First, every node randomly samples the uncertainty set of RCO, with the sample size inversely proportional to the total number of nodes or being a priori determined by its computational capability. Although this idea has been adopted in [8] to solve the SP, our approach is substantially different. In particular, after sampling, each node in [8] requires to completely solve a local SP at each iteration and exchange the set of active constraints with its neighbors. The process continues until a consensus on the set of active constraints is reached. Finally, every node solves its local SP under all active constraints of the SP. Clearly, the number of constraints in every local SP increases with the number of iterations. In some extreme cases, each constraint in the SP can be active, and every node eventually solves a local SP that has the same number of constraints as the SP. Thus, the computational cost in each node is not necessarily reduced. Moreover, each node cannot guarantee to obtain the same optimal solution to the SP. Since an active constraint may become inactive in any future iteration, identifying the active constraints cannot be recursively computed, and this computation is very sensitive to numerical errors. On the contrary, each node in this paper only needs to handle a fixed number of local constraints and recursively run an explicit algorithm with very simple structure.

Second, the SP is reformulated as a distributed optimization problem with many decoupled small sets of local constraints and a coupled constraint, which is specially designed based on the network structure. If the number of nodes is large, each node only needs to deal with a very small number of local constraints. The information is then distributed across the network via the coupled constraint in a suitably designed way, so that it can be locally handled. We recall that a similar technique has been already adopted to solve distributed optimization problems, see e.g. [9, 10]. It is interesting to note that these papers are only focused on convex optimization problems and no robustness issues are addressed. On the other hand, robust optimization has also attracted significant attention in many research areas [11, 12], but the proposed approaches are fully centralized. In this paper, we address both distributed and robust optimization problems simultaneously.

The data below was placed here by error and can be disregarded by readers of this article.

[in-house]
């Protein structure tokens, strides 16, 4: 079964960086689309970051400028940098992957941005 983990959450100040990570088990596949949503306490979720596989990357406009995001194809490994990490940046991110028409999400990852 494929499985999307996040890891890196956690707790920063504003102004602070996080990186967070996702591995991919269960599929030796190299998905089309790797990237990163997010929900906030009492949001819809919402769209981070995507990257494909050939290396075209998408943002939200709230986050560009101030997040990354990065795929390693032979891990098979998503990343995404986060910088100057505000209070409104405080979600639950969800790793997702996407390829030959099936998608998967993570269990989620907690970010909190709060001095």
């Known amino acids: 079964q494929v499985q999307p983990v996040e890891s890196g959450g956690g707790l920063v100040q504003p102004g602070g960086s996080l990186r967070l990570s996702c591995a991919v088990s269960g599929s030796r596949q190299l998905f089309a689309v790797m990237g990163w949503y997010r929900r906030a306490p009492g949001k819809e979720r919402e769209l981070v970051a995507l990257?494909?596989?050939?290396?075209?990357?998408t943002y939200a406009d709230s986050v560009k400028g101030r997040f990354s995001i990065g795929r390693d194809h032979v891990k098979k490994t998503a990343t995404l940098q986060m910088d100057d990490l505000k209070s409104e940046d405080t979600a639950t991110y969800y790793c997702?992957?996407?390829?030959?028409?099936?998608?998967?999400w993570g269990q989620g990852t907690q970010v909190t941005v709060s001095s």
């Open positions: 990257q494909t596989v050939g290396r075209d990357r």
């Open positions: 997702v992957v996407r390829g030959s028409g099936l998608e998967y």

Third, each node of the network keeps updating a local copy of an optimal solution by individually handling its local constraints and interacting with its neighbors to address the coupled constraint. If the graph is strongly connected, every pair of nodes can indirectly access information from each other. To this purpose, we develop two recursive parallel algorithms for each node to interact with the neighbors to solve the SP by fully utilizing the constraint functions under undirected and directed graphs, respectively. For both algorithms, the computational cost per iteration only involves a few additions and multiplications of vectors, in addition to the computation of the sub-gradients of parameterized constraint functions. That is, the overall computational cost is very small in each node, and therefore the approach is particularly useful for solving a large-size optimization problem with many solvers of reduced power.